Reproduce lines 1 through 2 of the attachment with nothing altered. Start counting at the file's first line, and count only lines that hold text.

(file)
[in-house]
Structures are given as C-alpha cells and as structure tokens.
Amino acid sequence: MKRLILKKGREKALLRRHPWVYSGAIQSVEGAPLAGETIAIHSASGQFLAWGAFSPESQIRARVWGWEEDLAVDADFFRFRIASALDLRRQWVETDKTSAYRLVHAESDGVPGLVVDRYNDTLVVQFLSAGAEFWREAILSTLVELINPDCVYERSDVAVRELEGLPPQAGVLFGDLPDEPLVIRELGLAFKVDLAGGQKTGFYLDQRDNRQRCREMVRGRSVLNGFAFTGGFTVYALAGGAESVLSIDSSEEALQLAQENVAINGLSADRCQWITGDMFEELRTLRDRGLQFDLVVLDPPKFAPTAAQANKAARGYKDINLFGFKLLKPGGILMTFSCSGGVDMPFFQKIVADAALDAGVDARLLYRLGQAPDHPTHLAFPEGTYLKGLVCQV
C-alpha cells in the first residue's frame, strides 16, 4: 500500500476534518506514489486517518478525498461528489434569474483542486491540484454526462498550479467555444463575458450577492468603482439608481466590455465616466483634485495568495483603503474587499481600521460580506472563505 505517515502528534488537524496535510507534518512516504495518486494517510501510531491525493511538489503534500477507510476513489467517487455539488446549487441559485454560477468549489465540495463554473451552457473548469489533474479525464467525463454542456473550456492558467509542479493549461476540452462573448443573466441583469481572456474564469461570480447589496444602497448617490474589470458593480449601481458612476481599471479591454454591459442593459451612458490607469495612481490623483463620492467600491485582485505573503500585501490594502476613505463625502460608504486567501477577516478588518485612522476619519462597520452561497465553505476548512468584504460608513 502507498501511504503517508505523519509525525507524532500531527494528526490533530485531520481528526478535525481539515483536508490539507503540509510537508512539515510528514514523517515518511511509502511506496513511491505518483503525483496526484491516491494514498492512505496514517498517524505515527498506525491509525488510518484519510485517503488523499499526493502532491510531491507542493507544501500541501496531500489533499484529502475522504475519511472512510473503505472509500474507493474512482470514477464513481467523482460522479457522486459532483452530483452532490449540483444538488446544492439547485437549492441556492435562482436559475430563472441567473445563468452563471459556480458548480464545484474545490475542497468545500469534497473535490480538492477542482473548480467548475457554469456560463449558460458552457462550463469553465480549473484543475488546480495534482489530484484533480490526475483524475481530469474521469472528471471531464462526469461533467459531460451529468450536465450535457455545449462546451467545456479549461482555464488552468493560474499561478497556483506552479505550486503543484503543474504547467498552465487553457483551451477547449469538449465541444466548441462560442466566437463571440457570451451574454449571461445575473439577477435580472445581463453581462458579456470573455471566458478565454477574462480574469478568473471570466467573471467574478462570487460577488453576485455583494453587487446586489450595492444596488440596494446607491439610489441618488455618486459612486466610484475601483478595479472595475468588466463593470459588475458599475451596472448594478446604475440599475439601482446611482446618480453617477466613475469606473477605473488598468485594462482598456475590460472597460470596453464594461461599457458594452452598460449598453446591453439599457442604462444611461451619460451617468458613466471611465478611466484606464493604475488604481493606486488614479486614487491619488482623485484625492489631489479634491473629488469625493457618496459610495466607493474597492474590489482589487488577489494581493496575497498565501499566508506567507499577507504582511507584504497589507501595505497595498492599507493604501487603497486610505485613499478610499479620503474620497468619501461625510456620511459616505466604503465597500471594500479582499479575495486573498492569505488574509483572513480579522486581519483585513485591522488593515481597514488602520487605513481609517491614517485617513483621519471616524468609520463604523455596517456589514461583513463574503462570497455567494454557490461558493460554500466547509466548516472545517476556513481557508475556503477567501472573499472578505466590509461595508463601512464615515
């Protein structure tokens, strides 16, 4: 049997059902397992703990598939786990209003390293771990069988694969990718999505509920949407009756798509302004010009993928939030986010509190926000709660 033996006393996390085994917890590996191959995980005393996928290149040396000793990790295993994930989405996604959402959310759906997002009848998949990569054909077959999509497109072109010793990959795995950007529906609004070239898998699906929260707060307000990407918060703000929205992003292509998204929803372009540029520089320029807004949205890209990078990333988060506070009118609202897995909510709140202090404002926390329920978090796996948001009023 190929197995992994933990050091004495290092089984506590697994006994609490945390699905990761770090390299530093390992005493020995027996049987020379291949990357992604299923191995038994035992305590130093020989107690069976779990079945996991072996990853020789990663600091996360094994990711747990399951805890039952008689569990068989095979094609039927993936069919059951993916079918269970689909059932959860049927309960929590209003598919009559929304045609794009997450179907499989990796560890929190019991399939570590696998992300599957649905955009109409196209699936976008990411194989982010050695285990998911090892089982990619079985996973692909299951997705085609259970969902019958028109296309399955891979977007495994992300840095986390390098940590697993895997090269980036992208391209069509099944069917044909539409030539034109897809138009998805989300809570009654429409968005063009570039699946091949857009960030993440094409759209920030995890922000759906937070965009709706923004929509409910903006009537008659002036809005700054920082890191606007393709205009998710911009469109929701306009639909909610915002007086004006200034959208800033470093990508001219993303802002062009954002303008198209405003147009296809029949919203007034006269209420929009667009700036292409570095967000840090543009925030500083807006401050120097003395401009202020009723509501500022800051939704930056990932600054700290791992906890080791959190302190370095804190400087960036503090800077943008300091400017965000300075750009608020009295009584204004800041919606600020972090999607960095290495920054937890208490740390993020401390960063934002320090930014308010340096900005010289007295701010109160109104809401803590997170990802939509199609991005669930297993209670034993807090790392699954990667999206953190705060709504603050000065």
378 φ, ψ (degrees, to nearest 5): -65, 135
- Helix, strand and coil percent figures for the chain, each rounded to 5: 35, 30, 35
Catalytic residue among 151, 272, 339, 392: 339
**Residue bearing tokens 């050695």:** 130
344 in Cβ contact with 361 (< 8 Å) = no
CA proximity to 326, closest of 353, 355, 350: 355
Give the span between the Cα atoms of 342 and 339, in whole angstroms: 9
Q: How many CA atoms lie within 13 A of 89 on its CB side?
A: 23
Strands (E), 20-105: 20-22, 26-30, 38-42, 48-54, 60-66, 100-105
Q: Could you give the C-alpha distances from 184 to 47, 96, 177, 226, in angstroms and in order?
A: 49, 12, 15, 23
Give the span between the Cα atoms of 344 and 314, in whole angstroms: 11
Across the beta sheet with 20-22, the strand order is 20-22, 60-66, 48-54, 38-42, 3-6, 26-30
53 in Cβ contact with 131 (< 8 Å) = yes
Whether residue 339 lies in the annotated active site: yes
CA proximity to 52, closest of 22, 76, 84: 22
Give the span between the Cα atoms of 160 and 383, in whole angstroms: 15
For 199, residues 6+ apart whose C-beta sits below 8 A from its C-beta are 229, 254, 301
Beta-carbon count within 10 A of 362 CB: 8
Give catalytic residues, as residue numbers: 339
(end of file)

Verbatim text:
[in-house]
Structures are given as C-alpha cells and as structure tokens.